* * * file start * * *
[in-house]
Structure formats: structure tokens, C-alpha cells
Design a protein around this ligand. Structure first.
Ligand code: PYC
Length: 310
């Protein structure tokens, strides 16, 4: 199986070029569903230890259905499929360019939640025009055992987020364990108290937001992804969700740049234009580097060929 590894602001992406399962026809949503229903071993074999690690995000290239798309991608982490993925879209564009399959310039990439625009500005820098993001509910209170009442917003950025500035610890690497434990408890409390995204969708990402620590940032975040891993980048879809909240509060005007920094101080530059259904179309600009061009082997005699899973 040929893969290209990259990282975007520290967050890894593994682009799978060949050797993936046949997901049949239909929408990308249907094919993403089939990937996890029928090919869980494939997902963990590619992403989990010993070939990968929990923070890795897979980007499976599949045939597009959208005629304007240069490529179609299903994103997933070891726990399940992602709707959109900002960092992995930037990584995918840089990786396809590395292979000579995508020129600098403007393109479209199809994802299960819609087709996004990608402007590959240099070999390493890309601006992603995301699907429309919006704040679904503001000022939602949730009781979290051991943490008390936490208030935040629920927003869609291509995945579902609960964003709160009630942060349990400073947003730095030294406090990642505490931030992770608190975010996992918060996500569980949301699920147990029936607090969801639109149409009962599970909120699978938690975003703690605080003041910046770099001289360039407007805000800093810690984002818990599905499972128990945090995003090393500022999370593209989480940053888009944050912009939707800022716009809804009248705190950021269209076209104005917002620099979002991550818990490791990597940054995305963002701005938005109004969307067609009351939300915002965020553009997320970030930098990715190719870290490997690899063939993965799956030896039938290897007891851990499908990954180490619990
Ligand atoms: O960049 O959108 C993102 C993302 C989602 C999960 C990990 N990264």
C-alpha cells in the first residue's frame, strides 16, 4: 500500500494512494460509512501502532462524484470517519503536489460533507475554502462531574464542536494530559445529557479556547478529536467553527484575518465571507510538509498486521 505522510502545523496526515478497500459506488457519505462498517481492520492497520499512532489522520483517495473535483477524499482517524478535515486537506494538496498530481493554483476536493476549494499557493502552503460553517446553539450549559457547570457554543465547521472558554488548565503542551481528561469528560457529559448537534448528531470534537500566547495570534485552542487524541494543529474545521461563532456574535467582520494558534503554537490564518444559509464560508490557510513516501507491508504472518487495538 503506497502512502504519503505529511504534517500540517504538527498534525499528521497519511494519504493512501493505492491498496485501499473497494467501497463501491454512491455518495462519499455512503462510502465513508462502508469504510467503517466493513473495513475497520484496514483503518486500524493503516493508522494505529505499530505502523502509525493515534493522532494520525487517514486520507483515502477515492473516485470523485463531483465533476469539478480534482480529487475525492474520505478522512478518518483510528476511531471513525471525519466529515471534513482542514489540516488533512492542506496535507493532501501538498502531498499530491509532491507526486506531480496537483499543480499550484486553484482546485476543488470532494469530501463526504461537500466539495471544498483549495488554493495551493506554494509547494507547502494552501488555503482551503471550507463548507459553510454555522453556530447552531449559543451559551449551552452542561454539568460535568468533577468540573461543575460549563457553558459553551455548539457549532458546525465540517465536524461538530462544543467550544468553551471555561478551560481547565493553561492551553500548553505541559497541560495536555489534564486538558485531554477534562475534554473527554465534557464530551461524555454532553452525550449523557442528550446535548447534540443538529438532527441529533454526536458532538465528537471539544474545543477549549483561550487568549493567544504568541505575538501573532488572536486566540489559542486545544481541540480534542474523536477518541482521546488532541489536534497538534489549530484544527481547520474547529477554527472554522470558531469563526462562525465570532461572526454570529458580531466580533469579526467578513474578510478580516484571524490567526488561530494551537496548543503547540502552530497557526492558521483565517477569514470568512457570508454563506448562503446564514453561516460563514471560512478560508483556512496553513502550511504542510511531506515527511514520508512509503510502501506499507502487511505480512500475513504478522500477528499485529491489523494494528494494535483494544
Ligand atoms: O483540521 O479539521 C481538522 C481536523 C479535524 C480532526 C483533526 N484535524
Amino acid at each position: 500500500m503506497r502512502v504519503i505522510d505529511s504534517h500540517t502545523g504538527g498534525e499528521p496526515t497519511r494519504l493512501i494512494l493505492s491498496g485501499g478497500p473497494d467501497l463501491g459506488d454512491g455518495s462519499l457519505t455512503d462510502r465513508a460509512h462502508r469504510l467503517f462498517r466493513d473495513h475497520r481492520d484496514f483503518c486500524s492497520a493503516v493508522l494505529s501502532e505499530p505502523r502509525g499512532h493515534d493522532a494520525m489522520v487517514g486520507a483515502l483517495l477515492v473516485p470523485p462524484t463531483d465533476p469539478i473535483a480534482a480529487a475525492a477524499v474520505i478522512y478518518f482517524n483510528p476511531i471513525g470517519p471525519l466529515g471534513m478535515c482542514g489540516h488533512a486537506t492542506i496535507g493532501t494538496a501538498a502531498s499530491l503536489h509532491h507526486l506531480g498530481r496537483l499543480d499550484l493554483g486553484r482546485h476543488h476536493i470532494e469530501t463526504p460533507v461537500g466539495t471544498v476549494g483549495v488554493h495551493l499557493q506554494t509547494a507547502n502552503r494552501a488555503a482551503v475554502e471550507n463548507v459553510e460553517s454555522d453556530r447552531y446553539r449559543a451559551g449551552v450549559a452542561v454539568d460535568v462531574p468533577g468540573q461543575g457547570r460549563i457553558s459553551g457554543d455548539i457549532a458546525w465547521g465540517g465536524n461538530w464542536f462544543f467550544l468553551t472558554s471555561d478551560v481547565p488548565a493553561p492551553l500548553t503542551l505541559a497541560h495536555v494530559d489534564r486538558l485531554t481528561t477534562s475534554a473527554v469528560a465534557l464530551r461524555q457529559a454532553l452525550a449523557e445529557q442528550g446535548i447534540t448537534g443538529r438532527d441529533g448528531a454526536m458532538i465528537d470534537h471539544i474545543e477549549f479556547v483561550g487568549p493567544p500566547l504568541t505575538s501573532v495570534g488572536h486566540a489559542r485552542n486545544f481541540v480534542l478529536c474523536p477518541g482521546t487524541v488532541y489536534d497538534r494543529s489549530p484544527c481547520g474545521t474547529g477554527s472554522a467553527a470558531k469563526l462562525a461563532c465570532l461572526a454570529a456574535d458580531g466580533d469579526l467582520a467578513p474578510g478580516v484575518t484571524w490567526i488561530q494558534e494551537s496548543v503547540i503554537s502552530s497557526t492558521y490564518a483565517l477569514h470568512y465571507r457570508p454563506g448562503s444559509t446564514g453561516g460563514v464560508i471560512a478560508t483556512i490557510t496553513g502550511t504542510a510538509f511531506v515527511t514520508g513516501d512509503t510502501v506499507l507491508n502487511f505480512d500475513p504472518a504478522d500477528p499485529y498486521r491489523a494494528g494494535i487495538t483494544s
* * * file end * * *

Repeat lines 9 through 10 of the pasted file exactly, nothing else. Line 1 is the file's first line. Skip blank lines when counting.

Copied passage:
Ligand atoms: O483540521 O479539521 C481538522 C481536523 C479535524 C480532526 C483533526 N484535524
Amino acid at each position: 500500500m503506497r502512502v504519503i505522510d505529511s504534517h500540517t502545523g504538527g498534525e499528521p496526515t497519511r494519504l493512501i494512494l493505492s491498496g485501499g478497500p473497494d467501497l463501491g459506488d454512491g455518495s462519499l457519505t455512503d462510502r465513508a460509512h462502508r469504510l467503517f462498517r466493513d473495513h475497520r481492520d484496514f483503518c486500524s492497520a493503516v493508522l494505529s501502532e505499530p505502523r502509525g499512532h493515534d493522532a494520525m489522520v487517514g486520507a483515502l483517495l477515492v473516485p470523485p462524484t463531483d465533476p469539478i473535483a480534482a480529487a475525492a477524499v474520505i478522512y478518518f482517524n483510528p476511531i471513525g470517519p471525519l466529515g471534513m478535515c482542514g489540516h488533512a486537506t492542506i496535507g493532501t494538496a501538498a502531498s499530491l503536489h509532491h507526486l506531480g498530481r496537483l499543480d499550484l493554483g486553484r482546485h476543488h476536493i470532494e469530501t463526504p460533507v461537500g466539495t471544498v476549494g483549495v488554493h495551493l499557493q506554494t509547494a507547502n502552503r494552501a488555503a482551503v475554502e471550507n463548507v459553510e460553517s454555522d453556530r447552531y446553539r449559543a451559551g449551552v450549559a452542561v454539568d460535568v462531574p468533577g468540573q461543575g457547570r460549563i457553558s459553551g457554543d455548539i457549532a458546525w465547521g465540517g465536524n461538530w464542536f462544543f467550544l468553551t472558554s471555561d478551560v481547565p488548565a493553561p492551553l500548553t503542551l505541559a497541560h495536555v494530559d489534564r486538558l485531554t481528561t477534562s475534554a473527554v469528560a465534557l464530551r461524555q457529559a454532553l452525550a449523557e445529557q442528550g446535548i447534540t448537534g443538529r438532527d441529533g448528531a454526536m458532538i465528537d470534537h471539544i474545543e477549549f479556547v483561550g487568549p493567544p500566547l504568541t505575538s501573532v495570534g488572536h486566540a489559542r485552542n486545544f481541540v480534542l478529536c474523536p477518541g482521546t487524541v488532541y489536534d497538534r494543529s489549530p484544527c481547520g474545521t474547529g477554527s472554522a467553527a470558531k469563526l462562525a461563532c465570532l461572526a454570529a456574535d458580531g466580533d469579526l467582520a467578513p474578510g478580516v484575518t484571524w490567526i488561530q494558534e494551537s496548543v503547540i503554537s502552530s497557526t492558521y490564518a483565517l477569514h470568512y465571507r457570508p454563506g448562503s444559509t446564514g453561516g460563514v464560508i471560512a478560508t483556512i490557510t496553513g502550511t504542510a510538509f511531506v515527511t514520508g513516501d512509503t510502501v506499507l507491508n502487511f505480512d500475513p504472518a504478522d500477528p499485529y498486521r491489523a494494528g494494535i487495538t483494544s